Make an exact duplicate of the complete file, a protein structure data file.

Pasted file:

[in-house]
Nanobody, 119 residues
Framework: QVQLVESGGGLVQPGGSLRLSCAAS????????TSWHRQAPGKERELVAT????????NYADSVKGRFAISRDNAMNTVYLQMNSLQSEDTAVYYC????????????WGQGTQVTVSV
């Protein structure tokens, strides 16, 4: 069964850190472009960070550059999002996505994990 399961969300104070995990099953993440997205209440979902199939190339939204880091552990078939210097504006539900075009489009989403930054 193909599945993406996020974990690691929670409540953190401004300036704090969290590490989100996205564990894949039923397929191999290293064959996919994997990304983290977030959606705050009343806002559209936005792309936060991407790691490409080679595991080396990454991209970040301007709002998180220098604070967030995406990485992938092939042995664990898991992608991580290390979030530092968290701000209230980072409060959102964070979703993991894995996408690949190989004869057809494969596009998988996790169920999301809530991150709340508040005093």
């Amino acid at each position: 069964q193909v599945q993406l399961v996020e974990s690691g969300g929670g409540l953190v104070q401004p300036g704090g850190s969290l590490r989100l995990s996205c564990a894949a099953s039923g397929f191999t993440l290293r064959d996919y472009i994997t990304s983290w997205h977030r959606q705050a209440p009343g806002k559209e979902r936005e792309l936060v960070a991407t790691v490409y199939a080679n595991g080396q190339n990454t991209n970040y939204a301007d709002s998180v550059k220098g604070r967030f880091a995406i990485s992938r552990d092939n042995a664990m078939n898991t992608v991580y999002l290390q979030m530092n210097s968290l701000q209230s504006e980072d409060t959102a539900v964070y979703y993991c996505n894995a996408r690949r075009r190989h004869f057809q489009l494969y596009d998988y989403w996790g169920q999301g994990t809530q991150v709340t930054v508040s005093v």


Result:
[in-house]
Nanobody, 119 residues
Framework: QVQLVESGGGLVQPGGSLRLSCAAS????????TSWHRQAPGKERELVAT????????NYADSVKGRFAISRDNAMNTVYLQMNSLQSEDTAVYYC????????????WGQGTQVTVSV
């Protein structure tokens, strides 16, 4: 069964850190472009960070550059999002996505994990 399961969300104070995990099953993440997205209440979902199939190339939204880091552990078939210097504006539900075009489009989403930054 193909599945993406996020974990690691929670409540953190401004300036704090969290590490989100996205564990894949039923397929191999290293064959996919994997990304983290977030959606705050009343806002559209936005792309936060991407790691490409080679595991080396990454991209970040301007709002998180220098604070967030995406990485992938092939042995664990898991992608991580290390979030530092968290701000209230980072409060959102964070979703993991894995996408690949190989004869057809494969596009998988996790169920999301809530991150709340508040005093």
């Amino acid at each position: 069964q193909v599945q993406l399961v996020e974990s690691g969300g929670g409540l953190v104070q401004p300036g704090g850190s969290l590490r989100l995990s996205c564990a894949a099953s039923g397929f191999t993440l290293r064959d996919y472009i994997t990304s983290w997205h977030r959606q705050a209440p009343g806002k559209e979902r936005e792309l936060v960070a991407t790691v490409y199939a080679n595991g080396q190339n990454t991209n970040y939204a301007d709002s998180v550059k220098g604070r967030f880091a995406i990485s992938r552990d092939n042995a664990m078939n898991t992608v991580y999002l290390q979030m530092n210097s968290l701000q209230s504006e980072d409060t959102a539900v964070y979703y993991c996505n894995a996408r690949r075009r190989h004869f057809q489009l494969y596009d998988y989403w996790g169920q999301g994990t809530q991150v709340t930054v508040s005093v």